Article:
I must admit, I'm particularly predisposed to novels about young women that have as their central premise: What could possibly go wrong? Only to answer that question with a thoroughness that could fairly be called head-spinning. And with My Year of Rest and Relaxation, Ottessa Moshfegh does not disappoint, with a story set in the retroactively ominous time and place of New York City in the year 2000. What could possibly go wrong? It seems, at first, like nothing will go wrong for the narrator, who is young, successful, and attractive in a city which prizes those things above all else in its women, but quickly it becomes clear that things are wrong, if not externally, then internally, as she suffers through the kind of severe alienation which tends to follow those who know, deep down, that their dark insides don't match their glittery outsides. Moshfegh excels at writing this kind of paradoxical character, and her latest novel is a triumph of the kind of dark humor and probing insight for which she has become renowned.

Read more about my thoughts on this book, here.

That Was Something by Dan Callahan (available here)
For his first novel, Dan Callahan has written a compelling, propulsive look at obsession and desire and the ways in which it's sometimes easier not to mind when the two things become intertwined. Callahan, who has written extensively about cinema and its stars (including for NYLON), has set his narrative in late-'90s New York, a time that feels trapped in amber—dark and dangerous, full of blood and spit and all things viscous. The story follows Bobby Quinn, Ben Morrissey, and Monika Lilac (Callahan has a gift for names), as they navigate a dying nightlife scene and an era that was about to come to a close. It's a story about truth and lies, about what it means to be not a fake, but a real fake, and how we reconcile life's often absurd juxtapositions in an effort to make some sense of a deeply nonsensical world.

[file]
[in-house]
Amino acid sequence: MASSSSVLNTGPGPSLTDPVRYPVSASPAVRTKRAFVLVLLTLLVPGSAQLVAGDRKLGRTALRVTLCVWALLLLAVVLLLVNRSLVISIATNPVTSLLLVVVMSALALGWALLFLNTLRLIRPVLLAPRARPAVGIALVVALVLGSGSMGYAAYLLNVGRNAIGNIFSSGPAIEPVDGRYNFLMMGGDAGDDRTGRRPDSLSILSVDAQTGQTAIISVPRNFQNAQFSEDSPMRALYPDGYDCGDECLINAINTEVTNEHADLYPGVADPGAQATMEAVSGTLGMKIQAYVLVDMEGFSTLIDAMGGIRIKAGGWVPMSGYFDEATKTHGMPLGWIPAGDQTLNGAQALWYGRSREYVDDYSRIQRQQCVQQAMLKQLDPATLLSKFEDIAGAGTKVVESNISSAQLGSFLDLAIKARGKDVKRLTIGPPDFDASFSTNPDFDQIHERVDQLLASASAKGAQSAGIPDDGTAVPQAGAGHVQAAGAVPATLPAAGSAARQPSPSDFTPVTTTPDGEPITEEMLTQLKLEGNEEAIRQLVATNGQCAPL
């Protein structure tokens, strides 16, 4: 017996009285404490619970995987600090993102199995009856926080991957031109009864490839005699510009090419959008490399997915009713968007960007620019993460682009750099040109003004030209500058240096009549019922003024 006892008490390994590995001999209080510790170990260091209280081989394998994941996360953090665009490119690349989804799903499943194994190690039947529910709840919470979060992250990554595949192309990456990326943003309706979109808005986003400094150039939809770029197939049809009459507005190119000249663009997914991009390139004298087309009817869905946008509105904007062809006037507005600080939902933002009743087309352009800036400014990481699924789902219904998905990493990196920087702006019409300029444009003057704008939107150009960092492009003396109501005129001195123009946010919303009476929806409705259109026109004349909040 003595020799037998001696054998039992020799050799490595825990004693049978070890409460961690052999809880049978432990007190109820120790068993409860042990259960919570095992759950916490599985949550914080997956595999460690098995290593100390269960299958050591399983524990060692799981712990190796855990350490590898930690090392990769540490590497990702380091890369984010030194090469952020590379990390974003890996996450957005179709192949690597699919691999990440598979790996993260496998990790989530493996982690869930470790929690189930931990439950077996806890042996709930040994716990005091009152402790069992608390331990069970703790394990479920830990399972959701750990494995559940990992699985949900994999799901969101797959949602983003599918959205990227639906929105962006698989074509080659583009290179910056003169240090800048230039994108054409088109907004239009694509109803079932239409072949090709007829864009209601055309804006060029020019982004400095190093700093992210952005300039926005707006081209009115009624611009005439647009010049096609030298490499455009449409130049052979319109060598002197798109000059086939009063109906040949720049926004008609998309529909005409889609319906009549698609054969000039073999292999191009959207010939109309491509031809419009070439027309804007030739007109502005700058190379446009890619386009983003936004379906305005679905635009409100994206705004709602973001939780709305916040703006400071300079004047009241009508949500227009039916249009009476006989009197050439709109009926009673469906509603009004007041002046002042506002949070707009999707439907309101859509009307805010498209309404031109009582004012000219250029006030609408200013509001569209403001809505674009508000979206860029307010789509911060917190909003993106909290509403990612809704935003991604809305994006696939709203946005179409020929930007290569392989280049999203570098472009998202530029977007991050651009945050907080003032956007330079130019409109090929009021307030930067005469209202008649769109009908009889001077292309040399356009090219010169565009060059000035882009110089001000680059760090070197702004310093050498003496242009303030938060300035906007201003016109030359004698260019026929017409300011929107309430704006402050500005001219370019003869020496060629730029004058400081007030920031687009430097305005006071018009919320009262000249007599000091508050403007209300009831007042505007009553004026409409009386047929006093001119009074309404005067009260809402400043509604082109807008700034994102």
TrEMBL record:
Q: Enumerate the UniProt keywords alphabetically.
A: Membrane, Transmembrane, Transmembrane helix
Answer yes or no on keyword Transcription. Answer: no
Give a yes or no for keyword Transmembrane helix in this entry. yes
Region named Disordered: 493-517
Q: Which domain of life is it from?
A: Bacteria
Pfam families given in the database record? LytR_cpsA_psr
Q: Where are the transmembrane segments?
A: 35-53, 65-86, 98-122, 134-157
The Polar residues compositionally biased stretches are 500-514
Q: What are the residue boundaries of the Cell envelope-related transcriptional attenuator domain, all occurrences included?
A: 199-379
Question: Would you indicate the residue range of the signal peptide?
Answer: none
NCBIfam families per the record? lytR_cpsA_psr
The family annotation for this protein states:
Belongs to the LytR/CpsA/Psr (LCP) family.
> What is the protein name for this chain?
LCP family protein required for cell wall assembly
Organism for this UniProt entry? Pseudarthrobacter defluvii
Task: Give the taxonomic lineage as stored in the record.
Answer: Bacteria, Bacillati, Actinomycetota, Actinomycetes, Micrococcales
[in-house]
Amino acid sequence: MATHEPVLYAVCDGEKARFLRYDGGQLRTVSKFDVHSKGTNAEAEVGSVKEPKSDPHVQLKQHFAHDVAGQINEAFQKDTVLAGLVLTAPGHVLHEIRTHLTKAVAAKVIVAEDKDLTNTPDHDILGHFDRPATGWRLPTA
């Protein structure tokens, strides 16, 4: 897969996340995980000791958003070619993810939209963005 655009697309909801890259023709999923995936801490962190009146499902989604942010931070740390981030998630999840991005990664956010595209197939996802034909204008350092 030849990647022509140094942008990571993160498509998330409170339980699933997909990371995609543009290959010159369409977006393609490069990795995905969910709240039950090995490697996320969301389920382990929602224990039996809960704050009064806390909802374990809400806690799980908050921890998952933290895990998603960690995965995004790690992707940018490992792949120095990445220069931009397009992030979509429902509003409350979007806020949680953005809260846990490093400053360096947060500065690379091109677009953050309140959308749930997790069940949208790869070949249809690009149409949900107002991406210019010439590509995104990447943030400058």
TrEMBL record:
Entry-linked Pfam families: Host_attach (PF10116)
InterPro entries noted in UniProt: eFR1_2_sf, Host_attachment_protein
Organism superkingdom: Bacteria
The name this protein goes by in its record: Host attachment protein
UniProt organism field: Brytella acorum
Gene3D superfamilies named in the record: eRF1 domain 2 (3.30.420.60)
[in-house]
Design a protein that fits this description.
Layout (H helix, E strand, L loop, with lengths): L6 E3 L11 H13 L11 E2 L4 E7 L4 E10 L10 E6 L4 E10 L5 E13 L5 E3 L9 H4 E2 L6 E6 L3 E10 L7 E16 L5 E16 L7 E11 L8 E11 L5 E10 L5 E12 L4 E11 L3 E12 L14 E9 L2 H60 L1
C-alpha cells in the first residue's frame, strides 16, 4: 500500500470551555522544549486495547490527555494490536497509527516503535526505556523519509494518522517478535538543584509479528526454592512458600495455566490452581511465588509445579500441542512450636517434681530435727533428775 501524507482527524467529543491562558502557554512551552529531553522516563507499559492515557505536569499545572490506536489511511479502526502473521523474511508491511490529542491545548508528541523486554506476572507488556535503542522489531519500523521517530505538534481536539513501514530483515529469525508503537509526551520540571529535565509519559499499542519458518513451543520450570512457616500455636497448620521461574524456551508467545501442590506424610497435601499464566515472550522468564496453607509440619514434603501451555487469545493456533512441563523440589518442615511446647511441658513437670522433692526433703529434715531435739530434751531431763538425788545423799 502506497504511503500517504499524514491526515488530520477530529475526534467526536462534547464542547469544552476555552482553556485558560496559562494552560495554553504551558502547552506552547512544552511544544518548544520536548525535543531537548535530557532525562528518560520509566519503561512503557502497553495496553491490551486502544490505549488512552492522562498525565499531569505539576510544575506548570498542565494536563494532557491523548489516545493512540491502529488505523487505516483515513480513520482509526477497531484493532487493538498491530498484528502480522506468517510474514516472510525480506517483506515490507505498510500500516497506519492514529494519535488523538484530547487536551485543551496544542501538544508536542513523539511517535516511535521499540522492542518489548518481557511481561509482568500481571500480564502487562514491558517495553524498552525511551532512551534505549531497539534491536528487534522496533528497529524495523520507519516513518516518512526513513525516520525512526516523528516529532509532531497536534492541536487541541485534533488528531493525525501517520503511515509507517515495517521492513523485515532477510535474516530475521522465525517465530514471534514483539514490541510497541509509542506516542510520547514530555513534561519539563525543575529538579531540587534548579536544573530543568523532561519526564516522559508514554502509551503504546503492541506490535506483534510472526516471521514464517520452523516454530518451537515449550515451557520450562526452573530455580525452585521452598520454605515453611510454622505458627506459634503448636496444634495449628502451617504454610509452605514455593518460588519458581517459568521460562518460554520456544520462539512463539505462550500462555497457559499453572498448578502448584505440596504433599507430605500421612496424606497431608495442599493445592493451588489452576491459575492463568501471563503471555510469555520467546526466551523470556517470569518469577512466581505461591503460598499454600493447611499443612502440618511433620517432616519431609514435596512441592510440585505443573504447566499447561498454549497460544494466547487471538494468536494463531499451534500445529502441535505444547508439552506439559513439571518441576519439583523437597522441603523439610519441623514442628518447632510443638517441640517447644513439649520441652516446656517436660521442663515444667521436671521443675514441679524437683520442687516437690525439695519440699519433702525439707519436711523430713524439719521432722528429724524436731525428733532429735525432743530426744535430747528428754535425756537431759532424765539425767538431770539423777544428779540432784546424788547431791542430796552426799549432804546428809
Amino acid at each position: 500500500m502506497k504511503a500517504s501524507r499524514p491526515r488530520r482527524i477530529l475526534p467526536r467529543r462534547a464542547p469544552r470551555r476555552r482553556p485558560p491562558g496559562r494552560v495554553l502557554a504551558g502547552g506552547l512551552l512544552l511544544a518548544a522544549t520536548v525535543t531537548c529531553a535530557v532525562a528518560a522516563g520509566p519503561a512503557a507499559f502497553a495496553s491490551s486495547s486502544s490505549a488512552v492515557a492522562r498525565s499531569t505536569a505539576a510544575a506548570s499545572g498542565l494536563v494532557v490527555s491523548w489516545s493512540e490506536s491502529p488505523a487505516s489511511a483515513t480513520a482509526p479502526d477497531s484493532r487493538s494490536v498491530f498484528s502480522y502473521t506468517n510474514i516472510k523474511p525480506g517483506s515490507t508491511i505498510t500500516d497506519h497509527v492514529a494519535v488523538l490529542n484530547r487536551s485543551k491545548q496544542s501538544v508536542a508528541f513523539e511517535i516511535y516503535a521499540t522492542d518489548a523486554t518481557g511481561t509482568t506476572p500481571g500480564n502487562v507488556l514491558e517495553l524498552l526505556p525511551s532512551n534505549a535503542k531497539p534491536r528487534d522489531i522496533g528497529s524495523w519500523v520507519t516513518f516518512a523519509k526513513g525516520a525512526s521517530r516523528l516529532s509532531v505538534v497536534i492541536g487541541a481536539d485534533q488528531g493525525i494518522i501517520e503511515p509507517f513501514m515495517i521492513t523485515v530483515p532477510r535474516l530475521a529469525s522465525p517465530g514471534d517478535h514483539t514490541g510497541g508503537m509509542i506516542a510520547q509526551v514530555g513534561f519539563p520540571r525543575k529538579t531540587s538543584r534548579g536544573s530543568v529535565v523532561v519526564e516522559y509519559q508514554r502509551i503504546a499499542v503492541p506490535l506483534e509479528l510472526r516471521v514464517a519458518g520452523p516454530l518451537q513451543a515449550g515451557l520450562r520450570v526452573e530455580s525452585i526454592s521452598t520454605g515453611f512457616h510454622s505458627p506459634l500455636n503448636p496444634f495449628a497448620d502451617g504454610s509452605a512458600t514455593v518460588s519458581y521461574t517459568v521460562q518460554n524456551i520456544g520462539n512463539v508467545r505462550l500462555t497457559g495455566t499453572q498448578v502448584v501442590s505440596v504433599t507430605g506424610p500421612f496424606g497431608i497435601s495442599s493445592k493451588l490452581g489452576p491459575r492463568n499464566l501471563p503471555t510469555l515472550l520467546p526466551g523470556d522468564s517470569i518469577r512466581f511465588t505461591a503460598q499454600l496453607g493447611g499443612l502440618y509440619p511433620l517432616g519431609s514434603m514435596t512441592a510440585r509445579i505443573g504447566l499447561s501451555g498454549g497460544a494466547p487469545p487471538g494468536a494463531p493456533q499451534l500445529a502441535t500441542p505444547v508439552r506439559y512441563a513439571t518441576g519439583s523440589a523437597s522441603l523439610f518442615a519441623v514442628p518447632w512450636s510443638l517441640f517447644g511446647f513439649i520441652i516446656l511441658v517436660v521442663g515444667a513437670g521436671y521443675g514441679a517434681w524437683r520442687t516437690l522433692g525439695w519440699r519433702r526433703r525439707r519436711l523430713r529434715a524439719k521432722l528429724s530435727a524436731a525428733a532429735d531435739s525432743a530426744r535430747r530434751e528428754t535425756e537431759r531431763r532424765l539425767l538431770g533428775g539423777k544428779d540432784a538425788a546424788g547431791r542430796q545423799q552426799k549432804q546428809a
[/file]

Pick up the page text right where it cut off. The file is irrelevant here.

Read an interview with Callahan about his book, here.

The Golden State by Lydia Kiesling (available here)
A funny thing about motherhood is that it is a process by which a woman transforms herself into a home; suddenly, you are not just a person, but also you are a place, a sanctuary, a retreat, a destination. It can feel, sometimes, that you don't have as much room to be a person, anymore. Or at least not the person you once were. Motherhood and home are two of the themes with which Lydia Kiesling grapples in The Golden State, a lucid, lyrical look at the often alienating, disorienting experience of early motherhood, the way in which it frays at already unraveling nerves, and the way in which external realities contribute to that fraying, that fuzziness, when the fragility of the world around and within us becomes all too apparent. More than that, though, Kiesling beautifully explores not just the changed identity that comes with motherhood, but that which comes with partnership, aging, and the sudden realization that the parts of your identity you once thought were most immutable, are actually as ephemeral as that precious, fleeting golden hour of the day, when you stand, alone with yourself, sneaking a cigarette, wondering how you will keep living one minute to the next.

Friday Black by Nana Kwame Adjei-Brenyah (available here)
In his stunning debut collection of short stories, Nana Kwame Adjei-Brenyah grapples with many of the most complicated, essential issues of today, from the evils of racism and capitalism to the ways in which violence and inequality are expected parts of life for so many people in America. Adjei-Brenyah's prose grabs you from the beginning and doesn't loosen its grip, as it takes you into the dark corners of the American experience, with a lyricism, dark wit, and palpable emotional weight rarely seen on the page.